1. Computers
  2. Display Drivers
  3. Graphics Cards
  4. Memory
  5. Motherboards
  6. Processors
  7. Software
  8. Storage
  9. Operating Systems


Facebook RSS Twitter Twitter Google Plus


Phoronix Test Suite

OpenBenchmarking.org

OCZ Neural Impulse Actuator On Linux?

Hardware

Published on 17 March 2008 08:06 PM EDT
Written by Michael Larabel in Hardware
3 Comments

Earlier this month at CeBIT, OCZ Technology had announced its Neural Impulse Actuator (NIA) entered mass production (press release). OCZ's Neural Impulse Actuator is the first Brain Computer Interface (BCI) designed for gamers on the consumer market. The NIA band is worn around the head and is able to convert electroencephalograph signals into keystrokes/mouse clicks and connects via USB 2.0. The Neural Impulse Actuator was first covered on Phoronix during Computex Taipei 2007. While the NIA is solely marketed for gamers, it's been reported that with some training this "neural-controlled mouse" can be used for basic desktop usage as well.

OCZ Neural Impulse Actuator On Linux?


With the OCZ Neural Impulse Actuator now in mass production, we checked with OCZ Technology to see whether they intend to support this first product of its kind on Linux. Lisa Gregersen, an OCZ marketing representative, has informed us that porting their NIA driver and software to Linux isn't on their immediate road-map right now, but it may come in the future. As this product is heavily weighted for gamers, OCZ may consider adding the Linux support once the Linux gaming market has grown. However, that's not to say the Linux community won't come up with their own NIA driver or cleanly reverse-engineer the Windows OCZ software. When we hear any other information regarding the OCZ NIA and Linux, we'll be sure to pass it along. By the time there is hopefully the official Linux support, the Neural Impulse Actuator may drop in price too (right now its price-tag is ~$300 USD).

About The Author
Michael Larabel is the principal author of Phoronix.com and founded the web-site in 2004 with a focus on enriching the Linux hardware experience and being the largest web-site devoted to Linux hardware reviews, particularly for products relevant to Linux gamers and enthusiasts but also commonly reviewing servers/workstations and embedded Linux devices. Michael has written more than 10,000 articles covering the state of Linux hardware support, Linux performance, graphics hardware drivers, and other topics. Michael is also the lead developer of the Phoronix Test Suite, Phoromatic, and OpenBenchmarking.org automated testing software. He can be followed via and or contacted via .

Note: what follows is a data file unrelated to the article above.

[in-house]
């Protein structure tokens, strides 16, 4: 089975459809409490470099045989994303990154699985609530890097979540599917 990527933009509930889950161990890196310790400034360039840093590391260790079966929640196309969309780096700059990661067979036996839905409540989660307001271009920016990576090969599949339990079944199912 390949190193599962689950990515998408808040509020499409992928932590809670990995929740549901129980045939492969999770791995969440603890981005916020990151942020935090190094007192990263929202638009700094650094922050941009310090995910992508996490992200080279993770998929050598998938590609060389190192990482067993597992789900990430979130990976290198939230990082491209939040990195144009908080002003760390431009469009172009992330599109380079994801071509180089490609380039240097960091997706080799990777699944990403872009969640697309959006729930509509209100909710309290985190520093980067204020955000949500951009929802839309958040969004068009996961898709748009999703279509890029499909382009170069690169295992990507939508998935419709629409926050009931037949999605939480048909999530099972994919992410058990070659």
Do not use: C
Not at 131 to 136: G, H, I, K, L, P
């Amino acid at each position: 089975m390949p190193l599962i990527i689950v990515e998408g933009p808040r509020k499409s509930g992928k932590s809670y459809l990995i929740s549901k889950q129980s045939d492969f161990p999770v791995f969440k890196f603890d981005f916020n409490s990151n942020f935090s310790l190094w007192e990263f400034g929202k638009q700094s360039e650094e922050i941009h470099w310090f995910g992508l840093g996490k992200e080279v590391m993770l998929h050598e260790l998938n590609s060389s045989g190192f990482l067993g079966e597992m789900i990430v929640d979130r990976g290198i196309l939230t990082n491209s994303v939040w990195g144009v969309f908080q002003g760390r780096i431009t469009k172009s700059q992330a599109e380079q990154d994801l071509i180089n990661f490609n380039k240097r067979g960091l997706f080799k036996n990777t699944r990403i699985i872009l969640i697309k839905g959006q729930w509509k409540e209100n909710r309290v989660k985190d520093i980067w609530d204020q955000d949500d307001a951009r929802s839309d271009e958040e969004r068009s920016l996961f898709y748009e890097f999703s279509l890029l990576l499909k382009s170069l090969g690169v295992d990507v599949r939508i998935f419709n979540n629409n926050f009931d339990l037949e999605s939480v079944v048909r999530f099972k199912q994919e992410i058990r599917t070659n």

Latest Linux Hardware Reviews
  1. MSI X99S SLI PLUS On Linux
  2. NVIDIA GeForce GTX 970 Offers Great Linux Performance
  3. CompuLab Intense-PC2: An Excellent, Fanless, Mini PC Powered By Intel's i7 Haswell
  4. From The Atom 330 To Haswell ULT: Intel Linux Performance Benchmarks
Latest Linux Articles
  1. Open-Source Radeon 2D Performance Is Better With Ubuntu 14.10
  2. RunAbove: A POWER8 Compute Cloud With Offerings Up To 176 Threads
  3. 6-Way Ubuntu 14.10 Linux Desktop Benchmarks
  4. Ubuntu 14.10 XMir System Compositor Benchmarks
Latest Linux News
  1. Sandusky Lee: Great Cabinets For Storing All Your Computer Gear
  2. Fedora 21 Beta & Final Release Slip Further
  3. Mesa 10.3.2 Has A Couple Bug-Fixes
  4. RadeonSI/R600g HyperZ Support Gets Turned Back On
  5. openSUSE Factory & Tumbleweed Are Merging
  6. More Fedora Delays: Fedora 21 Beta Slips
  7. Mono Brings C# To The Unreal Engine 4
  8. Coreboot Now Has Support For Intel Broadwell Hardware
  9. Enlightenment's EFL 1.12 Alpha Has Evas GL-DRM Engine, OpenGL ES 1.1 Support
  10. GTK+ Lands Experimental Backend For Mir Display Server
Latest Forum Discussions
  1. Debian Is Back To Discussing Init Systems, Freedom of Choice
  2. AMD Radeon VDPAU Video Performance With Gallium3D
  3. HOPE: The Ease Of Python With The Speed Of C++
  4. Updated and Optimized Ubuntu Free Graphics Drivers
  5. Ubuntu 16.04 Might Be The Distribution's Last 32-Bit Release
  6. Linux hacker compares Solaris kernel code:
  7. Advertisements On Phoronix
  8. Users/Developers Threatening Fork Of Debian GNU/Linux